Ah, SO CUTE! Makes me want to give this giraffe a big wet kiss. But their tongues are freaking long. Probably not a good idea. As our tour guide told us, "If you think of something cute to do while feeding a giraffe, stop thinking that thought." Meaning, they are big and potentially dangerous.
Very expressive. Gorgeous pose.
What struck me the most was, giraffes are BIG. We were told that they mostly fight by swinging their necks, not by kicking or biting. Totally believable. This is one strong neck.
When the big male giraffe walked by, his bigness was obvious from the back of a large truck whose bed was quite a ways off the ground.
I liked how the tour truck driver made no attempt to get the giraffes in the middle of the road to do anything other than what they wanted to do: walk in the middle of the road. Eventually they moved off to the side.
A mother rhinoceros with her not-so-little baby.
I assume the Safari Park feeds the rhinos. A lot. Browsing this short grass doesn't seem like it would do much to fill a rhino stomach.
Here's a... something or other. Um, gazelle?
Oh, I've watched enough Disney movies to know what this is: a Wildebeest! (I'm pretty sure.)
Um... gazelles? (That's my fall-back guess for any smallish furry animal with horns.)
Let's just say this is an animal with horns. I don't want to make any more wrong gazelle guesses.
Water buffalo. We were told they can be mean. This helps explain why our guides were adamant about us using the restroom before the 2-hour tour started, since we weren't going to be able to jump out of the truck and take a leak.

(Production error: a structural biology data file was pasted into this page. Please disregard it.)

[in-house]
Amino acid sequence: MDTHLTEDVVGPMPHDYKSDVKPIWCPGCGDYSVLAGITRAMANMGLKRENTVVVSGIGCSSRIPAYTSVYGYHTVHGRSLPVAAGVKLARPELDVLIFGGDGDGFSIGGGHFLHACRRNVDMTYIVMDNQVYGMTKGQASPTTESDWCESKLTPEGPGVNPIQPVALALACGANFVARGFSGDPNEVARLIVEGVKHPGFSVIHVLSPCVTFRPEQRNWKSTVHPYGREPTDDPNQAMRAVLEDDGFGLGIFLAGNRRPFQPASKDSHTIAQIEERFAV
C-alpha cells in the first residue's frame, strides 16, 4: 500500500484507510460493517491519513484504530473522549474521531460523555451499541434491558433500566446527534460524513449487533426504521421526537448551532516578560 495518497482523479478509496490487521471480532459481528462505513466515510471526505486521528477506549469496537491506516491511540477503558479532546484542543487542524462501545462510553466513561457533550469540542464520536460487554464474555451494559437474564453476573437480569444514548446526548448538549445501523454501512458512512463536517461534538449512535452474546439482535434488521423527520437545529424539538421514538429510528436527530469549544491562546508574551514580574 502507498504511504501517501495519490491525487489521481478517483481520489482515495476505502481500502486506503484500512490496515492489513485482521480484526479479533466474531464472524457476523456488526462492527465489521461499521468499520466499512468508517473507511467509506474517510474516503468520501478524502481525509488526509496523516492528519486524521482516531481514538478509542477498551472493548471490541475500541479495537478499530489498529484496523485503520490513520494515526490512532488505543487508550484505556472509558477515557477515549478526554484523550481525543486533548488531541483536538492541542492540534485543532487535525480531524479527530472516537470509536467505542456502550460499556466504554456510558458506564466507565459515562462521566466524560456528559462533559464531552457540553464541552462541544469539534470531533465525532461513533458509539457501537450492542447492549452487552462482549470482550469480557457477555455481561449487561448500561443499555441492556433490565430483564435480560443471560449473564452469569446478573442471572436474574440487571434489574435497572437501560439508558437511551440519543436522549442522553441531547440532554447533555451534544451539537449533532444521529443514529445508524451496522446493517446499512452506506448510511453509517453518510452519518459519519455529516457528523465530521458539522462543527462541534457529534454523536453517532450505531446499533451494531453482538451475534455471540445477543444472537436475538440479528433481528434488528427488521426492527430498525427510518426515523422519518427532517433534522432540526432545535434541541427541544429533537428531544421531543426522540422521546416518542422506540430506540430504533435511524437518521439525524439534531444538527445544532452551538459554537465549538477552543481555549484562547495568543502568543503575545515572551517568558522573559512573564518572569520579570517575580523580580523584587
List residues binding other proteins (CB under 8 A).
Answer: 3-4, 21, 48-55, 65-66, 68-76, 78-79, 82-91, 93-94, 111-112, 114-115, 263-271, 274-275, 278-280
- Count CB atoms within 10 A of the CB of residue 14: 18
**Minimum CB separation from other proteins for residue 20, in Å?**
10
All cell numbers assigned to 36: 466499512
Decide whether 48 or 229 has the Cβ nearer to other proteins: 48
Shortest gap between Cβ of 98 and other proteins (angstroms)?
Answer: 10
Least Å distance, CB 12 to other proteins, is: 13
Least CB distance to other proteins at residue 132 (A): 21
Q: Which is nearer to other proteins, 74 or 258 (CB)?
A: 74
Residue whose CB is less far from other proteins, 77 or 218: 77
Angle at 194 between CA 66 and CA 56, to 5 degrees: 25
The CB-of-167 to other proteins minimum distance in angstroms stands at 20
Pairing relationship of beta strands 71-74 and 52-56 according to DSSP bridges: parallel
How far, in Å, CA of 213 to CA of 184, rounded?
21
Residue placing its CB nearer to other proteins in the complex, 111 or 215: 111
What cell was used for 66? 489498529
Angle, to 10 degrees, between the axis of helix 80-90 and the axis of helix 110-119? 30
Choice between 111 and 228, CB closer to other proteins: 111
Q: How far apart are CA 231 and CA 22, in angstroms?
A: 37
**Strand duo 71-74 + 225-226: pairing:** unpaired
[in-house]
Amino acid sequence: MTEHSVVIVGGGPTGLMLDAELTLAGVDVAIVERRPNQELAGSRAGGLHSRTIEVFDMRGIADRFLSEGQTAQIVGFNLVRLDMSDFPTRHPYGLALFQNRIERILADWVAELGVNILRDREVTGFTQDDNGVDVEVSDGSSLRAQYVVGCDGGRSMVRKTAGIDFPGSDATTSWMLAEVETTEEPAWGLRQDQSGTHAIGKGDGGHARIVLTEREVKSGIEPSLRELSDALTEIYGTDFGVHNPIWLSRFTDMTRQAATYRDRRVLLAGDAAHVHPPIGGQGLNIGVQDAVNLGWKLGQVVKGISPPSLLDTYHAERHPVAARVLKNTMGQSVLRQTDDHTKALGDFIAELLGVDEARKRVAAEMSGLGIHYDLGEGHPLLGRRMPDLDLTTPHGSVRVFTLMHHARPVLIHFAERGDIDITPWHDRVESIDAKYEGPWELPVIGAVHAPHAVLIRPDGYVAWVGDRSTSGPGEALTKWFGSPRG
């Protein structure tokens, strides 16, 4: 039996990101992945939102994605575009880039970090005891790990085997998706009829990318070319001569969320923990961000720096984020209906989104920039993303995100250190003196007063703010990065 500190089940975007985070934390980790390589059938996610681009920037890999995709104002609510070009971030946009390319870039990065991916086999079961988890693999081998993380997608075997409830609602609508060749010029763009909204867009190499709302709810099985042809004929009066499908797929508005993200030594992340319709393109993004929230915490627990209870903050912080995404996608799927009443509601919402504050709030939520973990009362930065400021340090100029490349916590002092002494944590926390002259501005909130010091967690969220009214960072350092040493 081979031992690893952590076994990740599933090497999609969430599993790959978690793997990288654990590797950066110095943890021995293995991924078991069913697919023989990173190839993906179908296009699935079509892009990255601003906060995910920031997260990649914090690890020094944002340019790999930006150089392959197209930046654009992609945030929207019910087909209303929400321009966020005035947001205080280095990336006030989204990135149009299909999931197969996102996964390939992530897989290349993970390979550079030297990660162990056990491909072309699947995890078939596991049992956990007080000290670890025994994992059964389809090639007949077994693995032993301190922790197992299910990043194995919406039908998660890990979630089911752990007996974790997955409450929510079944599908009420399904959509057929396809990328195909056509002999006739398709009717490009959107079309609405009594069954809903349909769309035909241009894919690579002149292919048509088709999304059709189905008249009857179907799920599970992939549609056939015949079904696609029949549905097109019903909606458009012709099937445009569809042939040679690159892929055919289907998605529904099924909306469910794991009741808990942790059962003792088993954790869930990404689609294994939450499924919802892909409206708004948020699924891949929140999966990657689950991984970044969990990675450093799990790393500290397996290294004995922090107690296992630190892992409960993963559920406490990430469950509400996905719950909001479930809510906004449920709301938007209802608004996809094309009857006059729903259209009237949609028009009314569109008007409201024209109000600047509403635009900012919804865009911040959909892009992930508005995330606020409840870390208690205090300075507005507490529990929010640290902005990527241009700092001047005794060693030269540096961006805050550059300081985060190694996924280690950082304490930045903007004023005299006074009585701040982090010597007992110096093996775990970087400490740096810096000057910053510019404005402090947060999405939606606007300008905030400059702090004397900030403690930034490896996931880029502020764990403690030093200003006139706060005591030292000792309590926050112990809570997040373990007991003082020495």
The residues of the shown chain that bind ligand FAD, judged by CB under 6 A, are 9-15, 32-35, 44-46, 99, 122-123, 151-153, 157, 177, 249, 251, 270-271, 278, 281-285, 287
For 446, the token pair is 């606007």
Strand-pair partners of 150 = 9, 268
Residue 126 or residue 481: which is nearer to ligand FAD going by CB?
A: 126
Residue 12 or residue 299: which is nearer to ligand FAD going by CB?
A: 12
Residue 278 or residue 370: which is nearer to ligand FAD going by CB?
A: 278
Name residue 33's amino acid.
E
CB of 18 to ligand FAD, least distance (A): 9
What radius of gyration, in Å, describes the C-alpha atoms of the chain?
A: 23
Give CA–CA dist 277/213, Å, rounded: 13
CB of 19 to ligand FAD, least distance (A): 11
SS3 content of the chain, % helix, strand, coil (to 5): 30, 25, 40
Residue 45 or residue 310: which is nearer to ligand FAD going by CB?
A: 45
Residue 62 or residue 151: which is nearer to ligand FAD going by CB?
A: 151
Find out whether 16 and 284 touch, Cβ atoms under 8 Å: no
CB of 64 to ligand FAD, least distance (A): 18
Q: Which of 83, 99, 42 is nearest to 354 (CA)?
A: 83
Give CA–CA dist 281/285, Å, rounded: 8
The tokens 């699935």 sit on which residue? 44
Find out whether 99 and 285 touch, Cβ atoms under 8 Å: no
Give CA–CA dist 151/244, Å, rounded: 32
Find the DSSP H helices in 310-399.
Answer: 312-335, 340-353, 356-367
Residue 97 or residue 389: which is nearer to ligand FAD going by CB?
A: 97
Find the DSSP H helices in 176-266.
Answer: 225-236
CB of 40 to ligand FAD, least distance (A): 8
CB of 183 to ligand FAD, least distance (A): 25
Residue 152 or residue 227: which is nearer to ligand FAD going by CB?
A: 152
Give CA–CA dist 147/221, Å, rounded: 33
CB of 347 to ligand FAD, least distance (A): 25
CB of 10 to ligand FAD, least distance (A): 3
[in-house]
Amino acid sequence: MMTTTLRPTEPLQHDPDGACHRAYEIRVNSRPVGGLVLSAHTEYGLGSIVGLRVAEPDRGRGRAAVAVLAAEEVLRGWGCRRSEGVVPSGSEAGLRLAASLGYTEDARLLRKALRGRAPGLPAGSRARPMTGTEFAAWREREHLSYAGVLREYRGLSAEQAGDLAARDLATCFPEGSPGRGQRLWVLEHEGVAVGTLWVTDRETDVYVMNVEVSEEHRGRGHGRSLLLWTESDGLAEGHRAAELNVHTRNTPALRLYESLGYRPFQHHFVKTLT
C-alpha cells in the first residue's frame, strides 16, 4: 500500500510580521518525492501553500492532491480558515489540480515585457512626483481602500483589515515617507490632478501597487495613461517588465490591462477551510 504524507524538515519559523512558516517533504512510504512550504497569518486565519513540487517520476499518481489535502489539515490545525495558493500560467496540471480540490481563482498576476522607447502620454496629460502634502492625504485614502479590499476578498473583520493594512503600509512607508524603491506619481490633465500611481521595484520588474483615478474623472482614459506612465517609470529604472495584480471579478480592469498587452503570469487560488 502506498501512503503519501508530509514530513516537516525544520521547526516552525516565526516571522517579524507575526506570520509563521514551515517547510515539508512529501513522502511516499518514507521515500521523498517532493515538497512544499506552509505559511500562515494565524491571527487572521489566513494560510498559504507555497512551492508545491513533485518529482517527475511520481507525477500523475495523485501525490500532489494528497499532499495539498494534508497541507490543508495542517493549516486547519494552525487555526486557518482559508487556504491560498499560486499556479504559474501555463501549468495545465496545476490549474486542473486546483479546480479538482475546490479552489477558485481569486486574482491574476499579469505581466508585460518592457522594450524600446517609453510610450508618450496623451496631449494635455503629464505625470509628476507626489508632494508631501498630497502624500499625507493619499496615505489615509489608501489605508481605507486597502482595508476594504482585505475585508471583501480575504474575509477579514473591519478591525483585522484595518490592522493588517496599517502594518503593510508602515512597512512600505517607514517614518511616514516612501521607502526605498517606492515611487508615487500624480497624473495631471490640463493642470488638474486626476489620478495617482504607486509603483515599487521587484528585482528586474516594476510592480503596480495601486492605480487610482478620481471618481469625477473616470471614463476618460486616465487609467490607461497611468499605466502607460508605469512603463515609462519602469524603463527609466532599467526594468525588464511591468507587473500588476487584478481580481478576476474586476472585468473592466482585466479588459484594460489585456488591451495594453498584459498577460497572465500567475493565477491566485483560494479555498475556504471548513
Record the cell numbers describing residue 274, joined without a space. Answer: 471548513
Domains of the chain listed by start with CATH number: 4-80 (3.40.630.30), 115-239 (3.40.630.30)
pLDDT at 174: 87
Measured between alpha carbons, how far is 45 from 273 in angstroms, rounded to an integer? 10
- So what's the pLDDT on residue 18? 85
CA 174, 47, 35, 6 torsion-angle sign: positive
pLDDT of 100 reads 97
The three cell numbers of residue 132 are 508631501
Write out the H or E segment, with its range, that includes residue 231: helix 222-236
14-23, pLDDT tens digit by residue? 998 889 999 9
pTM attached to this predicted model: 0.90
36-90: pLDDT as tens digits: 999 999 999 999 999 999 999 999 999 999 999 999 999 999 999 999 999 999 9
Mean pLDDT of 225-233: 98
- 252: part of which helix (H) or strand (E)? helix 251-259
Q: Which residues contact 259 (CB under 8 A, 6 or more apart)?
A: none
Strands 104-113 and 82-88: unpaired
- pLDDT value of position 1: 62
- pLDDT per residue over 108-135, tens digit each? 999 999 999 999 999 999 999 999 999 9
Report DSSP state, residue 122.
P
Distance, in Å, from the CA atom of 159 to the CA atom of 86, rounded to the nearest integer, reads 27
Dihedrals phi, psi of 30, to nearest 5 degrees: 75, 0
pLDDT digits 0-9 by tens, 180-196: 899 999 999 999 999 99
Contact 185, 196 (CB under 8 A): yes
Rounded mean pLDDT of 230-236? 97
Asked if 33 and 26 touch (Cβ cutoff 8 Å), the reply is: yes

This deer-like creature (I'm so good with animal names) was really far away, sitting against a wall at the edge of the fenced enclosure. Great job, my trusty Panasonic Lumix camera with 30 X optical zoom and stabilization.
"What are you thinking?" That was my thought when I saw this gorilla. He/she certainly is a lot like us humans, since we are closely related by evolution. Putting these animals in enclosures doesn't really seem right, though I understand the motivation.
A recycling bird, showing one of the tricks that a trainer has taught it.
Laurel feeding a couple of Lorakeets some nectar. (Four dollar nectar, but it was worth it to have the birds sit on our arms.)
We heard a loud lion roar while we were on the Caravan Tour. Definitely grabs your attention. Could have been this guy, before he took an afternoon nap.
More lions, semi-awake.
I loved the look of the bamboo lining the path to the tiger exhibit.
It was cool to see a tiger. But again, viewing an animal through a fence sure wasn't as enjoyable as seeing them roam freely.
Walking out of the tiger area, the setting afternoon sun made the bamboo even more beautiful.